Big job for new guy: New U.S. Rep. Jimmy Gomez will serve on the powerful House Oversight and Government Reform Committee and the House Natural Resources Committee. Los Angeles Times

Scary thought: With each new revelation — a National Transportation Safety Board report being the latest, and perhaps the most alarming — it becomes clearer just how close SFO came to a historic disaster earlier this month. East Bay Times

New bill alert: State Sen. Toni Atkins has "introduced a bill to streamline the process of providing a gender neutral or nonbinary option on the California driver license, birth certificate and other forms of state identification." NBC 7

A new fight: "California lawmakers want to go their own way after the Trump administration decided to relax privacy regulations for Internet service providers, such as Comcast, Verizon and AT&T." Sacramento Bee

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CRIME AND COURTS

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Shooting at a strip club: A man was killed and two women were injured early Tuesday after gunfire erupted at a Signal Hill strip club that has a history of shootings, authorities said. Los Angeles Times

Shooting in Hollywood: A 15-year-old boy and a man in his 20s were wounded Monday night in what police believe was a gang-related shooting near an entrance to Paramount Pictures in Hollywood. Los Angeles Times

New suit filed: Local groups opposed to the closure of a popular gateway into Griffith Park revived their legal fight Tuesday, filing a new lawsuit against the city of Los Angeles. Los Angeles Times

THE ENVIRONMENT

Suing the energy companies: "Marin County sued 37 oil, gas and coal companies Monday asserting the companies knew their fossil fuel products would cause sea level rise and coastal flooding but failed to reduce their greenhouse gas pollution. The lawsuit was part of a coordinated litigation attack by Marin, San Mateo County and the city of Imperial Beach." Marin Independent Journal

Oy vey: A 219,000-gallon sewage spill along a stretch of the Ventura County coastline triggered warnings to beachgoers due to possible health hazards. Los Angeles Times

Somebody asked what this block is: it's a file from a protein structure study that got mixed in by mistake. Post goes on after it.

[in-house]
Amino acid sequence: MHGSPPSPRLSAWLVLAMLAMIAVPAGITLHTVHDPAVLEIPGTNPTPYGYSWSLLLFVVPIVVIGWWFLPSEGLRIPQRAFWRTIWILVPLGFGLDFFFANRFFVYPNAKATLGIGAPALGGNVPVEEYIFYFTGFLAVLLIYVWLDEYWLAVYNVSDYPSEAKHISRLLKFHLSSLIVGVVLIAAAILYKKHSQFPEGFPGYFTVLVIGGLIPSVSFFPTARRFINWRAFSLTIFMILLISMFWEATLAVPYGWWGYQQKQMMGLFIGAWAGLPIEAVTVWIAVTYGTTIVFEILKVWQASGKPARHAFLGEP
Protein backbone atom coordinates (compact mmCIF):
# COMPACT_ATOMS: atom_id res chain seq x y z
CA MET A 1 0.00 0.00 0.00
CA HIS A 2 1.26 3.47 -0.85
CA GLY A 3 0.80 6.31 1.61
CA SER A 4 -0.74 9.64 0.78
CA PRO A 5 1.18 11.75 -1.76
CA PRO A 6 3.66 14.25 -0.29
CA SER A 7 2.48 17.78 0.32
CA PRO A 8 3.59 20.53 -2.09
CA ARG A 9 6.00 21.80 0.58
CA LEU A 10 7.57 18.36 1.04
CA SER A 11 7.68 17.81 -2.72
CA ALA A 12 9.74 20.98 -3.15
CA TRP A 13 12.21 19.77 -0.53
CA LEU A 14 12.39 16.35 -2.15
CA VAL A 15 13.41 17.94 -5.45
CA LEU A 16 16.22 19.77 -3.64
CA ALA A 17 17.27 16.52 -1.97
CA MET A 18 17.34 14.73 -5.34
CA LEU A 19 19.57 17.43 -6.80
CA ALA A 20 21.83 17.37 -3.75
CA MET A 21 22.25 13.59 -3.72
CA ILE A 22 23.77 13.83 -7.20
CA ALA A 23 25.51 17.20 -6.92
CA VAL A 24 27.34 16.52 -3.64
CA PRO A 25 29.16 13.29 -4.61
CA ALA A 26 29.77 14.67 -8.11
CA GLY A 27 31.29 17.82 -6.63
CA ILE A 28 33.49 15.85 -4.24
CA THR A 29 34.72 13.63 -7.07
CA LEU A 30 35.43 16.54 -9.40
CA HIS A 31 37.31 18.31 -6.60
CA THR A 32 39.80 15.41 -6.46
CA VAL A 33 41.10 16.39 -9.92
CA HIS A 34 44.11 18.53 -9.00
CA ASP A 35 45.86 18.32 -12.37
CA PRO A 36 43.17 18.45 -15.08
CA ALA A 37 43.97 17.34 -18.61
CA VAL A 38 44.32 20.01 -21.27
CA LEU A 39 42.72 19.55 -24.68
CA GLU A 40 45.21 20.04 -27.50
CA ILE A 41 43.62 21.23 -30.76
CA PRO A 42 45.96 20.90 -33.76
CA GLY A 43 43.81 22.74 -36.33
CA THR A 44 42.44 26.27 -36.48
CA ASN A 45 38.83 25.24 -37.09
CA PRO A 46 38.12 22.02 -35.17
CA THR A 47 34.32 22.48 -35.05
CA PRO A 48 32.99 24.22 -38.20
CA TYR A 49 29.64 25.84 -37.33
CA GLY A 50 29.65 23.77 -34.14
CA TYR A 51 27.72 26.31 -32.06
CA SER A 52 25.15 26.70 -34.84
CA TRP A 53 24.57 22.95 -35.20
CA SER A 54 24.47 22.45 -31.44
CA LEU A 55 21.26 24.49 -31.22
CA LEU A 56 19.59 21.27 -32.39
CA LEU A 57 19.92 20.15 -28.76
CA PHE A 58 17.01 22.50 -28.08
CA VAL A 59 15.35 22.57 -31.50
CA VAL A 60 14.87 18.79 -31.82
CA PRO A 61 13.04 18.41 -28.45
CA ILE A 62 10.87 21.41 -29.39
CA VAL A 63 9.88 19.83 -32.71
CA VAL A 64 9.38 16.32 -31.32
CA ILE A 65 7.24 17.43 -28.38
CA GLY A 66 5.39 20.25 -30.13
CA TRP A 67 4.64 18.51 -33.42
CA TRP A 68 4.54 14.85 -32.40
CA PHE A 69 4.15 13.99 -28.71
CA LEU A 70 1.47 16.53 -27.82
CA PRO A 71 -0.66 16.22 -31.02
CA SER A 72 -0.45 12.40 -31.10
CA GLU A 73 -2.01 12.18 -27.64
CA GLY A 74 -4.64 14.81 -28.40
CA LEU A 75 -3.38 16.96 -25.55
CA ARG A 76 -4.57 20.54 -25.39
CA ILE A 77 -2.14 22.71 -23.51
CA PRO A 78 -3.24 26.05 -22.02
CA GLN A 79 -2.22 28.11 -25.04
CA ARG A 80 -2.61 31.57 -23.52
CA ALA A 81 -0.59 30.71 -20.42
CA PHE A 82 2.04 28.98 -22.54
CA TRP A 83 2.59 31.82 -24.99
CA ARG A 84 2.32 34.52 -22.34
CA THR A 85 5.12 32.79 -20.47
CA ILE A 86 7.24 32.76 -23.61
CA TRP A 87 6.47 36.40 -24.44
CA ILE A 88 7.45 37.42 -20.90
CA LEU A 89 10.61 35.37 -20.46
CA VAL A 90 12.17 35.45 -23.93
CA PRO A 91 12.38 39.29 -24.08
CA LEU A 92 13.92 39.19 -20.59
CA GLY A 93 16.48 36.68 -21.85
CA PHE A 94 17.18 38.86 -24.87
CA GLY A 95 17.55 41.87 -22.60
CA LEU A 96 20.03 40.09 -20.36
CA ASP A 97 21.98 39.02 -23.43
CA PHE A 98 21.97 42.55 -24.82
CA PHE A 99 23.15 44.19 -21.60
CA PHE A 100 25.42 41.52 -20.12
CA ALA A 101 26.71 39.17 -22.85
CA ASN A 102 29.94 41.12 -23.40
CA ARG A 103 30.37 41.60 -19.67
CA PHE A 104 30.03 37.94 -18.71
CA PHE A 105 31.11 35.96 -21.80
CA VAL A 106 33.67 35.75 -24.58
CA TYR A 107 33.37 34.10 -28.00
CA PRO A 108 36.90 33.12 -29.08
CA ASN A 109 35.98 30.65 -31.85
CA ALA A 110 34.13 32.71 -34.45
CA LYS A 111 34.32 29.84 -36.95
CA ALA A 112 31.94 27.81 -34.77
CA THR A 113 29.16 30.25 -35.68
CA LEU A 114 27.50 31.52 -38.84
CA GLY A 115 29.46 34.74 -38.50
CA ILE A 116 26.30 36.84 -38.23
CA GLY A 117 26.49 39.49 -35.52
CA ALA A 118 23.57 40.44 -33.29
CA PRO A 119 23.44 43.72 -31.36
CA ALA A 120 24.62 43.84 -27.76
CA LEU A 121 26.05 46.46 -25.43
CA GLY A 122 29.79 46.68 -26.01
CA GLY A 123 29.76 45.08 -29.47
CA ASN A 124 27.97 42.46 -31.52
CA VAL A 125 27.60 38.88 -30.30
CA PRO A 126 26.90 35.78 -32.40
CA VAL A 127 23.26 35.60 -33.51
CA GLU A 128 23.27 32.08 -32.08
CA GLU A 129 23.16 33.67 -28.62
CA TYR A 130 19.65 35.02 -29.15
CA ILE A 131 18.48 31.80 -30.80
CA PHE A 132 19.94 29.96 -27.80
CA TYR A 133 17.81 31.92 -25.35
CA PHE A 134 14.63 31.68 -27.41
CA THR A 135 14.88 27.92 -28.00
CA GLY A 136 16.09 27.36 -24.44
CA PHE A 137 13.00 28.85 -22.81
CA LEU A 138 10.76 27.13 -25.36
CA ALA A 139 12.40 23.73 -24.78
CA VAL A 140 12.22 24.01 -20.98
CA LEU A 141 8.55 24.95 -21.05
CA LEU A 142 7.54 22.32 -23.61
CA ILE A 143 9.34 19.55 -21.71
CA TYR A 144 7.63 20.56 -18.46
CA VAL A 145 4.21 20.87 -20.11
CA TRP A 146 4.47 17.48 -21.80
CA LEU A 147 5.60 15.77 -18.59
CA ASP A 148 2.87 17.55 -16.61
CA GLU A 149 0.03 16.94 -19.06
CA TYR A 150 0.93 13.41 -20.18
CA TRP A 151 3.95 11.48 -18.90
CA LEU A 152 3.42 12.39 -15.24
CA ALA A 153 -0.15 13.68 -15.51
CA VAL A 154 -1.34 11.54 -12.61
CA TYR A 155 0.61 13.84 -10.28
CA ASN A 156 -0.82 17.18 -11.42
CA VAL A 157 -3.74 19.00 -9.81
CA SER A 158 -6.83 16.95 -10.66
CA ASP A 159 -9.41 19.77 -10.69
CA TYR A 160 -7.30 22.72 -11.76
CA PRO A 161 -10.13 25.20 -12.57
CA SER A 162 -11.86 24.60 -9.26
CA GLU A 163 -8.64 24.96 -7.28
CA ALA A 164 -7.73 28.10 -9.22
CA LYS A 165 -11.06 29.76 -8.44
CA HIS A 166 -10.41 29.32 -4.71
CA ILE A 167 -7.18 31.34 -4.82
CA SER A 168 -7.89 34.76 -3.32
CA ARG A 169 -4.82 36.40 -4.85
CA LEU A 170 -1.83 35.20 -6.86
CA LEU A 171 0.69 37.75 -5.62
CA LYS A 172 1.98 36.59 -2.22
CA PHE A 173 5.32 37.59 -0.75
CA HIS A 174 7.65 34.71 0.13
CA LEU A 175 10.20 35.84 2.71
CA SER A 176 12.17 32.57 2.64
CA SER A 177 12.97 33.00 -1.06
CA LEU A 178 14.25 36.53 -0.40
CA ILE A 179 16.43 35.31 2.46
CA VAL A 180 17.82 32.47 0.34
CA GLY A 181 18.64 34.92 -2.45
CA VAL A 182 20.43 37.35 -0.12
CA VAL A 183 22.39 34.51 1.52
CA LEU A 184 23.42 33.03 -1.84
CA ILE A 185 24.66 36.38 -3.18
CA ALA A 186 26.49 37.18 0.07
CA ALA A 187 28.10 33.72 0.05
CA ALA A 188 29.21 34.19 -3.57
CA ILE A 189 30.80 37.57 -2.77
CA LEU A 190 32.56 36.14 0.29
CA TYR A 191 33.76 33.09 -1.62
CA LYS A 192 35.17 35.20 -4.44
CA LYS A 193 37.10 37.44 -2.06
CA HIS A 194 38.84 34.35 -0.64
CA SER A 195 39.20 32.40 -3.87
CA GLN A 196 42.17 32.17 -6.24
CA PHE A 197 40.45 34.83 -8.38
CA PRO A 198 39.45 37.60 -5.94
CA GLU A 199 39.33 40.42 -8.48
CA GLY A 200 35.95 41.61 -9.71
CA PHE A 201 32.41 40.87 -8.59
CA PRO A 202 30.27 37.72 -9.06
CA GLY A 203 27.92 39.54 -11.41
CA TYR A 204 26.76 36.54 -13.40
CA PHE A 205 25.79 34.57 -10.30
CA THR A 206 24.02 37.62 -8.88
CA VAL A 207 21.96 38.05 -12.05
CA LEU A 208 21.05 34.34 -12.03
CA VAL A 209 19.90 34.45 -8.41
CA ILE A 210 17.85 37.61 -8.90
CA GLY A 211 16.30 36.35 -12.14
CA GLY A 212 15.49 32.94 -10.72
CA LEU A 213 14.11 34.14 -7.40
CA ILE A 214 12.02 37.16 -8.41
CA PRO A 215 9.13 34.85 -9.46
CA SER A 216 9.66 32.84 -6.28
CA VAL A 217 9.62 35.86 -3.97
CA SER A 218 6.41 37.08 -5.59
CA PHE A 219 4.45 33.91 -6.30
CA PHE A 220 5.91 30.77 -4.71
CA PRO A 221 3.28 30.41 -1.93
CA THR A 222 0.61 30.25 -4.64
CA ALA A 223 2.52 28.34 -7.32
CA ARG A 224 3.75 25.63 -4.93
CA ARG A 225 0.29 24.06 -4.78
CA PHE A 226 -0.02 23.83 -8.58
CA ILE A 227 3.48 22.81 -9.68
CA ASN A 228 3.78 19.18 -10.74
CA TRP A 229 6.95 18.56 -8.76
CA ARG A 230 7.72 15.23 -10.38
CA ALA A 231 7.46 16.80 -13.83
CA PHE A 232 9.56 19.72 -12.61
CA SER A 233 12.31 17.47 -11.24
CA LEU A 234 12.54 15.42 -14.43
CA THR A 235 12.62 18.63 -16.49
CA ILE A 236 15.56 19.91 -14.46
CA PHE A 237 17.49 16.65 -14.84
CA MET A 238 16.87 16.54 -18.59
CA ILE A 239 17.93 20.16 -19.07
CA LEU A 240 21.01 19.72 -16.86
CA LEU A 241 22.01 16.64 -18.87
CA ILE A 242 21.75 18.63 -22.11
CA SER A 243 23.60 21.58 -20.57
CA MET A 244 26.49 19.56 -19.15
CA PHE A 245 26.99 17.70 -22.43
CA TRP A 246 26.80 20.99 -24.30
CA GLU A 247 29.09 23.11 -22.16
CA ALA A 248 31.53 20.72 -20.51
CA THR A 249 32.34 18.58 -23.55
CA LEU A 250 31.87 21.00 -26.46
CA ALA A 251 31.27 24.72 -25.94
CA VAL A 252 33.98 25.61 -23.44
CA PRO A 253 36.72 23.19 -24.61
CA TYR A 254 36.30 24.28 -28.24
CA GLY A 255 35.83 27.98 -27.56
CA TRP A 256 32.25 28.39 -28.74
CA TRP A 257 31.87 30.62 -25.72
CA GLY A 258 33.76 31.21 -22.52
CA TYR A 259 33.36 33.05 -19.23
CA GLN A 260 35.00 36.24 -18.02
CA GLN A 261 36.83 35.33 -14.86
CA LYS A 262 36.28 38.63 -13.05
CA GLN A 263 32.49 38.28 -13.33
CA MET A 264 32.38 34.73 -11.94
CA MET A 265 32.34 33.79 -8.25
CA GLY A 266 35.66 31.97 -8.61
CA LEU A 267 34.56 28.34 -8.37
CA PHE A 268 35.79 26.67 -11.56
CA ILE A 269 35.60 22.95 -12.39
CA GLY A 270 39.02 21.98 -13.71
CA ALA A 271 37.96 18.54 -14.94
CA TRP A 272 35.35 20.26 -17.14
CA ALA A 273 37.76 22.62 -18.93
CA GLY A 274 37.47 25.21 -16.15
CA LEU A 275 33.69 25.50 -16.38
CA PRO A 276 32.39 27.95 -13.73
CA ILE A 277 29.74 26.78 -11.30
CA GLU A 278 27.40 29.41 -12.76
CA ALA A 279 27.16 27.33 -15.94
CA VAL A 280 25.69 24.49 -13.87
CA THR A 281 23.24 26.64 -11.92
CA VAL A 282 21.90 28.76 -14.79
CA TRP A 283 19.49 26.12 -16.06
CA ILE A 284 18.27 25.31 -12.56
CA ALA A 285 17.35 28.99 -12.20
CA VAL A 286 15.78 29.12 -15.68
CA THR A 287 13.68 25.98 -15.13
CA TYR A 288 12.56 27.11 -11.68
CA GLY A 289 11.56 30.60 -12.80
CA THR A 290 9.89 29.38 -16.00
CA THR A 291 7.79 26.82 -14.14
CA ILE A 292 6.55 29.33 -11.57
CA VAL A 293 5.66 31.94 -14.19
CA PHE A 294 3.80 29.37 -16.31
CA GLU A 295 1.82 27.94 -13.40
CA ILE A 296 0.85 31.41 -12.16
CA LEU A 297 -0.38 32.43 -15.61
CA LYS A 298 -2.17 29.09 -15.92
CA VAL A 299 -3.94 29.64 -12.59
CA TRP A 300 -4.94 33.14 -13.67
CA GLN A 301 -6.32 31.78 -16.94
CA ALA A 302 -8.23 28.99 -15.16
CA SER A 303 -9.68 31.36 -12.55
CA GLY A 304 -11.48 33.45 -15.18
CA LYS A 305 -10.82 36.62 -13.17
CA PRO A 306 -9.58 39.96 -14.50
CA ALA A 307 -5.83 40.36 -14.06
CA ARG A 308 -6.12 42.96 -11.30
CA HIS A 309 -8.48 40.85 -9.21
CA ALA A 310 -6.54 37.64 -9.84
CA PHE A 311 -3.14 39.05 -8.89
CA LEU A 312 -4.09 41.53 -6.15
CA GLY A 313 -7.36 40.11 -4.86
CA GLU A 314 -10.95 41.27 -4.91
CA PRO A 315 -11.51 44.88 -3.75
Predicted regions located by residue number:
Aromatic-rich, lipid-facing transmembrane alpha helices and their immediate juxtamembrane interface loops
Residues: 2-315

CALIFORNIA CULTURE

Marvel-ous: Marvel legend Stan Lee had his hand imprints enshrined in cement Tuesday at the TCL Chinese Theatre. He was honored for his role in the creation of Marvel Comics' characters, including Spider-Man, the Incredible Hulk, X-Men and Iron Man. CBS LA

Open your checkbooks: Here's what $520,000 buys you in Los Angeles County. Curbed LA

Still on the air: Although it's not the mammoth audience draw that it was in the 1990s, "America's Funniest Home Videos" remains a surprisingly popular show for millions of families every Sunday night. Los Angeles Times

Unplugged: All Internet-connected devices, tools and machinery at San Francisco's public TV and radio station, KQED, were cut off in an attempt to isolate and contain a ransomware attack that infected the station's computers June 15. More than a month later, many remain offline. San Francisco Chronicle

Big arts donation: Younes and Soraya Sarah Nazarian are donating $17 million to the Valley Performing Arts Center at CSUN. Los Angeles Times

Help is on the way? Have they found a fix for the sinking San Francisco high rise? San Francisco Chronicle

CALIFORNIA ALMANAC

Los Angeles area: partly cloudy Wednesday, sunny Thursday. San Diego: partly cloudy Wednesday and Thursday. San Francisco area: sunny Wednesday, cloudy Thursday. Sacramento: sunny Wednesday and Thursday. More weather is here.

AND FINALLY

Today's California memory comes from Ron McGraw:

"I had taken my kids to Pismo Beach on vacation, and while returning, I thought I would show them my grandparents' old, two-story home in Pasadena on 330 Summit Ave. So we got off the 210 and quickly found Summit Avenue and turned south, but we ran into the freeway before we could reach the address. I drove over the freeway and found Summit Avenue again and drove north. I soon ran into the freeway again. That's when it dawned on me that the old house was gone, vanished. If it still existed in place, it would be some 50 feet above the busy freeway. That gave me a creepy feeling, to say the least."

If you have a memory or story about the Golden State, share it with us. Send us an email to let us know what you love or fondly remember about our state. (Please keep your story to 100 words.)

Please let us know what we can do to make this newsletter more useful to you. Send comments, complaints and ideas to Benjamin Oreskes and Shelby Grad. Also follow them on Twitter @boreskes and @shelbygrad.